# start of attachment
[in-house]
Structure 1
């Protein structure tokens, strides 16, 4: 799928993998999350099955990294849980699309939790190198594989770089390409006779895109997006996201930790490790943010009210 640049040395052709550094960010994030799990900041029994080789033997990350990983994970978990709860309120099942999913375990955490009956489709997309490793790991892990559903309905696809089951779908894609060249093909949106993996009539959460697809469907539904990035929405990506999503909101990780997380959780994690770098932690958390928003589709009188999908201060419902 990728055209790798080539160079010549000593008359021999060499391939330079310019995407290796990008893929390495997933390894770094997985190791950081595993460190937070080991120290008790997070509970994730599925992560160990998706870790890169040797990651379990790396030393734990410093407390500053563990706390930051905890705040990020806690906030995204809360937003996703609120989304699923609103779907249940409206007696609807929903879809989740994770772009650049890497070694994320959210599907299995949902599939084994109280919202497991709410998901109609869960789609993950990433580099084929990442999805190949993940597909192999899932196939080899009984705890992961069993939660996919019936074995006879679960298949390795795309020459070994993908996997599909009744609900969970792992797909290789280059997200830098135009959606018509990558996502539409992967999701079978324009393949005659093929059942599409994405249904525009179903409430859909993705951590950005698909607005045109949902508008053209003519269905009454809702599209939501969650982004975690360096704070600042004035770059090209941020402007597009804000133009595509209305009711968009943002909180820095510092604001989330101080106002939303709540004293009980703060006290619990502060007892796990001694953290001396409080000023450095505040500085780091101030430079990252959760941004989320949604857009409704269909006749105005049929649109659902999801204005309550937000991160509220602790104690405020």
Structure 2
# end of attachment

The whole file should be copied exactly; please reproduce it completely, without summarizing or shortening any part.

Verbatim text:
[in-house]
Structure 1
């Protein structure tokens, strides 16, 4: 799928993998999350099955990294849980699309939790190198594989770089390409006779895109997006996201930790490790943010009210 640049040395052709550094960010994030799990900041029994080789033997990350990983994970978990709860309120099942999913375990955490009956489709997309490793790991892990559903309905696809089951779908894609060249093909949106993996009539959460697809469907539904990035929405990506999503909101990780997380959780994690770098932690958390928003589709009188999908201060419902 990728055209790798080539160079010549000593008359021999060499391939330079310019995407290796990008893929390495997933390894770094997985190791950081595993460190937070080991120290008790997070509970994730599925992560160990998706870790890169040797990651379990790396030393734990410093407390500053563990706390930051905890705040990020806690906030995204809360937003996703609120989304699923609103779907249940409206007696609807929903879809989740994770772009650049890497070694994320959210599907299995949902599939084994109280919202497991709410998901109609869960789609993950990433580099084929990442999805190949993940597909192999899932196939080899009984705890992961069993939660996919019936074995006879679960298949390795795309020459070994993908996997599909009744609900969970792992797909290789280059997200830098135009959606018509990558996502539409992967999701079978324009393949005659093929059942599409994405249904525009179903409430859909993705951590950005698909607005045109949902508008053209003519269905009454809702599209939501969650982004975690360096704070600042004035770059090209941020402007597009804000133009595509209305009711968009943002909180820095510092604001989330101080106002939303709540004293009980703060006290619990502060007892796990001694953290001396409080000023450095505040500085780091101030430079990252959760941004989320949604857009409704269909006749105005049929649109659902999801204005309550937000991160509220602790104690405020």
Structure 2